Wednesday, September 02, 2009

Flaming Lips @ Bank of America Pavilion

Flaming Lips took on a whole new meaning Sunday night when the band members emerged from an on-screen representation of a certain female body part to kick off their show at Bank of America Pavilion. All of the band members sans one, that is, as Wayne Coyne suddenly appeared inside a large clear plastic ball.

If you think you've seen it all, you'll have to reconsider, unless you've actually witnessed a lead singer crowd-surf while emulating an embryo inside a womb. In fact, if you've never seen the Flaming Lips live, you're really missing out. Even at a venue that is far from my favorite, they put on an unbelievable show. The best way I can describe their live performance is that it's akin to Frank Zappa fronting Pink Floyd, and teaming up with the rejects from the Denver Broncos cheerleader tryouts, to play the guest slot on Sesame Street. Of course, I mean that in the most reverential way.

With ticket prices that were certainly on the steep side, especially when factoring in the additional charges of almost $20 per, the Lips chipped in a few extras themselves. Each online ticket purchased came with a special code to download three tracks from their forthcoming album Embryonic, three rare B-sides, and an official live audio recording. For the latter, I waited the two days necessary for them to post the audio of the Boston show. I was torn between that and downloading a show I hadn't attended, until I realized I received two codes for the purchase of two tickets. So, I can use the other for a different concert, perhaps the Portland show that we missed by just a few days.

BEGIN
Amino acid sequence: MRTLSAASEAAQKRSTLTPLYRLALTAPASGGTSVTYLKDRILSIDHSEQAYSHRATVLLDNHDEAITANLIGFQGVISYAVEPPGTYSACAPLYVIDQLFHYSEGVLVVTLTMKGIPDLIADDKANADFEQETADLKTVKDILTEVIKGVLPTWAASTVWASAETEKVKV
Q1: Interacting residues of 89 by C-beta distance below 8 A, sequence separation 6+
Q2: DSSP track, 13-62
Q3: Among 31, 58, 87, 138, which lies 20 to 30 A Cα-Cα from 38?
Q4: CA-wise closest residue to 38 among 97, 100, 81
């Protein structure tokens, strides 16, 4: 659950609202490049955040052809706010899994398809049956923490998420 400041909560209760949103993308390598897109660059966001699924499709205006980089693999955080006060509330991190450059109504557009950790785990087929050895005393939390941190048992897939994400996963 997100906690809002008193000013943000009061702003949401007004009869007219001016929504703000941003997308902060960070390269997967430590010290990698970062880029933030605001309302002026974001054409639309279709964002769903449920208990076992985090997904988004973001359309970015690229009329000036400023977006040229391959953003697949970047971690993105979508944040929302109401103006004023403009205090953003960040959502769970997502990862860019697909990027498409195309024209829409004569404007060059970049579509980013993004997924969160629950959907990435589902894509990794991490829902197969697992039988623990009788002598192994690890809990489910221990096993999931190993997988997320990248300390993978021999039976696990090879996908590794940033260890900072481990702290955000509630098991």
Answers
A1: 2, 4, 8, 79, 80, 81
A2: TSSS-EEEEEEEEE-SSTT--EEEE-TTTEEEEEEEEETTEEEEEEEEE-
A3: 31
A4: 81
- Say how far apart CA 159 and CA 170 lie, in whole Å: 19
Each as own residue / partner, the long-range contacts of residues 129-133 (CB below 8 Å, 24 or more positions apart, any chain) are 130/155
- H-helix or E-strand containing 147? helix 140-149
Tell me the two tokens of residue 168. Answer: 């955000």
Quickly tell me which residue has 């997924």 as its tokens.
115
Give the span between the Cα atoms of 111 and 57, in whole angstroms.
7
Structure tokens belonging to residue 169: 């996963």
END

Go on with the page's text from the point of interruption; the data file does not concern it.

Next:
Listening to the live recording as I write this, I've come to the conclusion that Wayne Coyne is a worse singer than I realized, even for someone who ranks near the top of the list of my favorite singers who can't. But, that's OK with me, because he's an exceptional performer—aided on this night by a couple of Red Bulls and some whiskey—with an endearingly quirky voice. Musical highlights included the feel good singalong "Bad Days", the rare lead vocal from Steven Drozd on "Pompeii Am Götterdämmerung", and "Vein of Stars", which was dedicated to—in the words of Coyne—their "cosmic brother" Ted Kennedy.

Although it seemed there were fewer balloons traveling around the audience than usual, and the crowd atmosphere never quite reached Grateful Dead show status—not that I would know from personal experience, but I swear their last show did—this was another exceptional performance from a truly great band. I can't imagine giving as much to the crowd as the Lips do, and doing it night after night while on tour, but these 40-something indie rockers do not hold back, nor are they even slightly lacking in appreciation for what the audience gives in return.

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